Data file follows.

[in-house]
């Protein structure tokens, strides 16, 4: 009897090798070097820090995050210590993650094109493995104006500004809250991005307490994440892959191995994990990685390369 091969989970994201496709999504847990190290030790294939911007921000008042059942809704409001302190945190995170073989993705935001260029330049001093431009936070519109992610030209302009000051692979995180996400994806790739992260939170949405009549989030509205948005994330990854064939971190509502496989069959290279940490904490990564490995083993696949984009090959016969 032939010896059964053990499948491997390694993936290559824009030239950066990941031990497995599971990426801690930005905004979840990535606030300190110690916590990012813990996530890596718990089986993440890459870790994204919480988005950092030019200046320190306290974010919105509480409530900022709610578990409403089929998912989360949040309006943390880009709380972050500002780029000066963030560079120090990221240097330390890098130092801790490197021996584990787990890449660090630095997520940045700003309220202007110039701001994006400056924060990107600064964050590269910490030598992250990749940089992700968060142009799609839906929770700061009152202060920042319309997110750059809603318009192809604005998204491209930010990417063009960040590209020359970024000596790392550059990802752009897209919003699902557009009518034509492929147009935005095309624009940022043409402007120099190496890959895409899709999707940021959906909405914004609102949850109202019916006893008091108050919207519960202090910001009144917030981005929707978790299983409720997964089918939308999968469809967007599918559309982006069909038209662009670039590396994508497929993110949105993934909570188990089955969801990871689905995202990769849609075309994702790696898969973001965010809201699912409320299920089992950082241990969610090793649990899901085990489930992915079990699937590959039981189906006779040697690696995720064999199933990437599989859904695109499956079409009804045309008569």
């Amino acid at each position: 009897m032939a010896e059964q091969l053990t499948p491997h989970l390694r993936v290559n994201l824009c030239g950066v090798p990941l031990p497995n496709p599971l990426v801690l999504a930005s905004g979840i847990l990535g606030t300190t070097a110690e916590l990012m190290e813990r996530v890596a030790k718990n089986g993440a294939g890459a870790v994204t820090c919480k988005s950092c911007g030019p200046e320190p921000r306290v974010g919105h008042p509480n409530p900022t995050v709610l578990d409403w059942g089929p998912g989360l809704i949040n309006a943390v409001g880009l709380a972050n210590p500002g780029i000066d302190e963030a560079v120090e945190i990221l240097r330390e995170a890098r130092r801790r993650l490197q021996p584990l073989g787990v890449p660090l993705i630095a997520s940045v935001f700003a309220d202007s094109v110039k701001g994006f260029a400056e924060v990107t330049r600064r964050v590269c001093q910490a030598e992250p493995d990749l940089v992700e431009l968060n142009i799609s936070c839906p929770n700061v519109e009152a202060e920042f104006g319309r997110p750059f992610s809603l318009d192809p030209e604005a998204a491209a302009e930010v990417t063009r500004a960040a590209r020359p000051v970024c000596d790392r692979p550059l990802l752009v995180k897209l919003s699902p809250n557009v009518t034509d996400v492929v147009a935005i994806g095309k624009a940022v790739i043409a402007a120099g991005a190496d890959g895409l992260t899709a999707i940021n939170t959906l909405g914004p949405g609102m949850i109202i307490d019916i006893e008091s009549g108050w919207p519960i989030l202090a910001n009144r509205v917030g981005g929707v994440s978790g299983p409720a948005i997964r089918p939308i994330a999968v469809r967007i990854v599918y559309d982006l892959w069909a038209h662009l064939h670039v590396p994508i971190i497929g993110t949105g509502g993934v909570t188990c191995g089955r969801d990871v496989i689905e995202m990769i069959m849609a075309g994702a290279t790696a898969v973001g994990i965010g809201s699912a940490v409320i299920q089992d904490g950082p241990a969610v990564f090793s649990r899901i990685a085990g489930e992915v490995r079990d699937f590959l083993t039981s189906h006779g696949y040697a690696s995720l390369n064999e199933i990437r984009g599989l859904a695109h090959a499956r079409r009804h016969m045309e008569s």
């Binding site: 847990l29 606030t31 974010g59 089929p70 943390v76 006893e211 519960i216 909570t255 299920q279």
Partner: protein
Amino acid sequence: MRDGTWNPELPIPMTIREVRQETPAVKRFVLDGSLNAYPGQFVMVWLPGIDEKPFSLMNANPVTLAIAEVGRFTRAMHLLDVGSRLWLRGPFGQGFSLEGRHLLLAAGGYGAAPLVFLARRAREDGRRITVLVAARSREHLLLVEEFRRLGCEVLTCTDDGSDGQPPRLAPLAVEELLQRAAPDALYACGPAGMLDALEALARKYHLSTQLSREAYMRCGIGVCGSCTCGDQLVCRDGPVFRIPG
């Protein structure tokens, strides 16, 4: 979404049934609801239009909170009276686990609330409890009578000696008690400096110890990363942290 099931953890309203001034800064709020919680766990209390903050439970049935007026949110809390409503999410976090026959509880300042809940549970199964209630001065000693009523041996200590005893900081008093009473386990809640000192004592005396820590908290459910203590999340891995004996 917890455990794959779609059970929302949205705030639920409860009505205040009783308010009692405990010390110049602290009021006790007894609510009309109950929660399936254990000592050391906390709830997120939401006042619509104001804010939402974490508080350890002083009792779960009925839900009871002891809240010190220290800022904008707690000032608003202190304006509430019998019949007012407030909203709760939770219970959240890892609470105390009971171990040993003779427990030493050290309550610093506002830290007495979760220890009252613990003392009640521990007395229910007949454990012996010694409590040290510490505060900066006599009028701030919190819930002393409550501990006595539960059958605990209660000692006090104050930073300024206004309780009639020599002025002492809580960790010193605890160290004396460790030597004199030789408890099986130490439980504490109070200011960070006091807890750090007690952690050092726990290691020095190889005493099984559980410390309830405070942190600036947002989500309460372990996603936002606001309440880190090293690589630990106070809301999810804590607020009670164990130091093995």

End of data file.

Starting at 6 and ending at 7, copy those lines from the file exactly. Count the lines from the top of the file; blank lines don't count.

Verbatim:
Amino acid sequence: MRDGTWNPELPIPMTIREVRQETPAVKRFVLDGSLNAYPGQFVMVWLPGIDEKPFSLMNANPVTLAIAEVGRFTRAMHLLDVGSRLWLRGPFGQGFSLEGRHLLLAAGGYGAAPLVFLARRAREDGRRITVLVAARSREHLLLVEEFRRLGCEVLTCTDDGSDGQPPRLAPLAVEELLQRAAPDALYACGPAGMLDALEALARKYHLSTQLSREAYMRCGIGVCGSCTCGDQLVCRDGPVFRIPG
């Protein structure tokens, strides 16, 4: 979404049934609801239009909170009276686990609330409890009578000696008690400096110890990363942290 099931953890309203001034800064709020919680766990209390903050439970049935007026949110809390409503999410976090026959509880300042809940549970199964209630001065000693009523041996200590005893900081008093009473386990809640000192004592005396820590908290459910203590999340891995004996 917890455990794959779609059970929302949205705030639920409860009505205040009783308010009692405990010390110049602290009021006790007894609510009309109950929660399936254990000592050391906390709830997120939401006042619509104001804010939402974490508080350890002083009792779960009925839900009871002891809240010190220290800022904008707690000032608003202190304006509430019998019949007012407030909203709760939770219970959240890892609470105390009971171990040993003779427990030493050290309550610093506002830290007495979760220890009252613990003392009640521990007395229910007949454990012996010694409590040290510490505060900066006599009028701030919190819930002393409550501990006595539960059958605990209660000692006090104050930073300024206004309780009639020599002025002492809580960790010193605890160290004396460790030597004199030789408890099986130490439980504490109070200011960070006091807890750090007690952690050092726990290691020095190889005493099984559980410390309830405070942190600036947002989500309460372990996603936002606001309440880190090293690589630990106070809301999810804590607020009670164990130091093995």